Chapter XVIII - 64 Home | Index | Previous | Next

"Krishna laughed at his fears; He said, 'If so, we shall help you out. Tell us what we should do and we are ready'. Agni was delighted. He exclaimed, 'I am indeed blessed; I am saved. You can, if you only decide to keep back the rain that Indra showers by covering the forest with a roof of arrows that will allow me to consume the Vana undisturbed'. Krishna assured him that his request would be fulfilled. Your grandfather addressed Agni thus: 'You can burn up the Vana, without hesitation. My arms have enough strength to oppose and overwhelm not one Indra but even ten millions of them. But, I have not got with me the arrows necessary for this operation and the chariot that can carry all that weight. If these are supplied, I shall carry out your task, with the gracious permission of Krishna'."

"Agnideva, the God of fire, was gladdened at this; He granted Arjuna the two boons: An inexhaustible arrow-sheath from which he could draw out a continuous supply of arrows and a chariot with the Maruthi flag. Besides, He created the Aagneyaasthra, the weapon of fire, and placing it in the hands of Krishna, took leave of them both."

"Son, Parikshith! Krishna, you must remember, accepted that weapon only to satisfy the God of fire; He has no need of such weapons. There is no weapon more effective than His will; it can, in the fraction of a second, transform the earth into sky and the sky into the earth. He acts the human role when He moves among people and so, men frame their own guesses without understanding the inner significance of His acts. That is but the consequence of the delusion that veils the vision of man."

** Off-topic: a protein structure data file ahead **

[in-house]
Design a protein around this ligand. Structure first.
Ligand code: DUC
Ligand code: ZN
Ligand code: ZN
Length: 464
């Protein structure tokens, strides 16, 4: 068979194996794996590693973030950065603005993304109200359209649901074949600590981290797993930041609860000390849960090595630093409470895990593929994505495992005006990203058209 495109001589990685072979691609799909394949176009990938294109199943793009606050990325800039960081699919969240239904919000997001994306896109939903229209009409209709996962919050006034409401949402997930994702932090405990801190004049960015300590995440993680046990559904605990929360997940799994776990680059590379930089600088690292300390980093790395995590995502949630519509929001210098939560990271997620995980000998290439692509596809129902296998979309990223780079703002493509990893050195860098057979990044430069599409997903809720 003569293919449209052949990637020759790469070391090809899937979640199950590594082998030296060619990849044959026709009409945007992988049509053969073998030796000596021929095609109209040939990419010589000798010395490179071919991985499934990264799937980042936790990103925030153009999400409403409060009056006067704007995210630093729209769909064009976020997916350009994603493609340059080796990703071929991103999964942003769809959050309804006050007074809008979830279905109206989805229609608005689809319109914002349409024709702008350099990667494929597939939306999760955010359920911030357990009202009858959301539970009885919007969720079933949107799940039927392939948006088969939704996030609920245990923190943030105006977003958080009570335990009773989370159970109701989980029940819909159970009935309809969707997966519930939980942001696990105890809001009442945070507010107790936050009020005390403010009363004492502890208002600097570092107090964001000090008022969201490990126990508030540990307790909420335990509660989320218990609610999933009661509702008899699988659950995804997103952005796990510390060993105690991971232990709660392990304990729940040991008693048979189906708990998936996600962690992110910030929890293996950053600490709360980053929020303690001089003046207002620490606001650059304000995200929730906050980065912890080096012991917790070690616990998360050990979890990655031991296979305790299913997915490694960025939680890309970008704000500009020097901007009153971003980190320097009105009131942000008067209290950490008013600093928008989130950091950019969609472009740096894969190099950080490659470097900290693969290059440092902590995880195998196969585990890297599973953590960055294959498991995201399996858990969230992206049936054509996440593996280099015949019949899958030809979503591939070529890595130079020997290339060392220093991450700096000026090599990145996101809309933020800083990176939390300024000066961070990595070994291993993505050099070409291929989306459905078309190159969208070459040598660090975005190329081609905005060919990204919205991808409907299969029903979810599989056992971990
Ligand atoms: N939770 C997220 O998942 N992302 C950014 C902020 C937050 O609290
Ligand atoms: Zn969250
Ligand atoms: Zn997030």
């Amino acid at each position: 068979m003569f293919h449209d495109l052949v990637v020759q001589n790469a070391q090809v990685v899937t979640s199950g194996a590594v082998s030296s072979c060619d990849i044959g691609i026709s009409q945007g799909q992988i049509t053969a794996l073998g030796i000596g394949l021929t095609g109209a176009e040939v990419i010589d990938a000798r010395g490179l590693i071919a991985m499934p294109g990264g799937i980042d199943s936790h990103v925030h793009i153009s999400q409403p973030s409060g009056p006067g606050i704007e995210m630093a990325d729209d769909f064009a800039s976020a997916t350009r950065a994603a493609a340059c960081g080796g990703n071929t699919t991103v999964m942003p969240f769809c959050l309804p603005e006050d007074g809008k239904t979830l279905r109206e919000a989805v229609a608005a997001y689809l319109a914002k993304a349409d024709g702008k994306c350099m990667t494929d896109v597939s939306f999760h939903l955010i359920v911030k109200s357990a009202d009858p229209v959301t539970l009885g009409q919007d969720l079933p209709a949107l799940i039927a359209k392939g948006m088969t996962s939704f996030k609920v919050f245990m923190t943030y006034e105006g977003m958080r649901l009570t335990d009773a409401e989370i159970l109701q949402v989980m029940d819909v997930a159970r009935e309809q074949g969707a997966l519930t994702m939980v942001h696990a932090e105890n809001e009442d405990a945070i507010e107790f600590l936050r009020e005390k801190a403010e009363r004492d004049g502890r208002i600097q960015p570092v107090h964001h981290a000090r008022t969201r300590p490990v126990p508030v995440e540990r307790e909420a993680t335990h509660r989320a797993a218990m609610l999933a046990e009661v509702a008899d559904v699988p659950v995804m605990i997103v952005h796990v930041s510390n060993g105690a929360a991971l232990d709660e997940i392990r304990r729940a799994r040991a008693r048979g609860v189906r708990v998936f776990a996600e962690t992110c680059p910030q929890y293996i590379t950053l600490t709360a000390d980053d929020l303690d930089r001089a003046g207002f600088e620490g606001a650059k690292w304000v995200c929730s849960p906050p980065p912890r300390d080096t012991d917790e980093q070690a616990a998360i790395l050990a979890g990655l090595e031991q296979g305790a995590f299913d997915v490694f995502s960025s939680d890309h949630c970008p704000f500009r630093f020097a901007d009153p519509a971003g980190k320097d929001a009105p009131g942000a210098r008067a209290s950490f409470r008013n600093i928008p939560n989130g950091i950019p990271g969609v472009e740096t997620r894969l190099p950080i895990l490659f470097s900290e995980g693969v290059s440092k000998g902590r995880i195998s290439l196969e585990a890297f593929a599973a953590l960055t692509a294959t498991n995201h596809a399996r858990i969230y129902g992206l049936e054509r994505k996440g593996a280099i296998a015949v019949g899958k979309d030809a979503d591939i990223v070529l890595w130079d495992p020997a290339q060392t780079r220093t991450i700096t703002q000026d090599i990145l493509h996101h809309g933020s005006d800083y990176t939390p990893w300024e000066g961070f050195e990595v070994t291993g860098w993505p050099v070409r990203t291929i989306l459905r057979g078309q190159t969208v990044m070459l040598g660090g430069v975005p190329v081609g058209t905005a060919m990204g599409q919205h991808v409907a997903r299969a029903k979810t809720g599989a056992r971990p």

"After taking leave of Krishna in this manner, Agnideva started consuming the Khandava forest. Just then, exactly as anticipated, Indra sent His attendants on the mission of saving the forest from destruction. Their efforts failed to rescue it. They returned to their master and reported their discomfiture. So, Indra Himself with His stalwart followers rushed to the scene to save the Khandavavana, and fell upon your grandfather, Arjuna."

"Arjuna received Him with a shower of arrows from his famous Gandiva bow. Indra, too, fought with all his might. Within minutes, the followers of Indra turned back, unable to withstand the rain of arrows which assailed them from all sides. Indra realised that the person who inflicted the defeat was His own son, Arjuna; He was overcome with shame at this. He regretted that He could not defeat his own progeny, and returned sad and chastened."

"Meanwhile, the God of fire consumed the forest merrily and with hearty appetite, swallowing everything with His thousand red tongues and raising a huge conflagration. Only ash was left behind. Seeing this, the birds and beasts of the forest tried in vain to escape from the holocaust, but they could not; they were caught by the flames and roasted alive. Krishna was going round the forest in His chariot to prevent any denizen from running out into the open for safety, especially the animals and the snakes. He discovered the snake Thakshaka, a great friend of Indra, in the act of escaping from the fire. Krishna called Arjuna near Him to point this out to him; that gave Thakshaka the chance to wriggle out and speed towards Kurukshethra."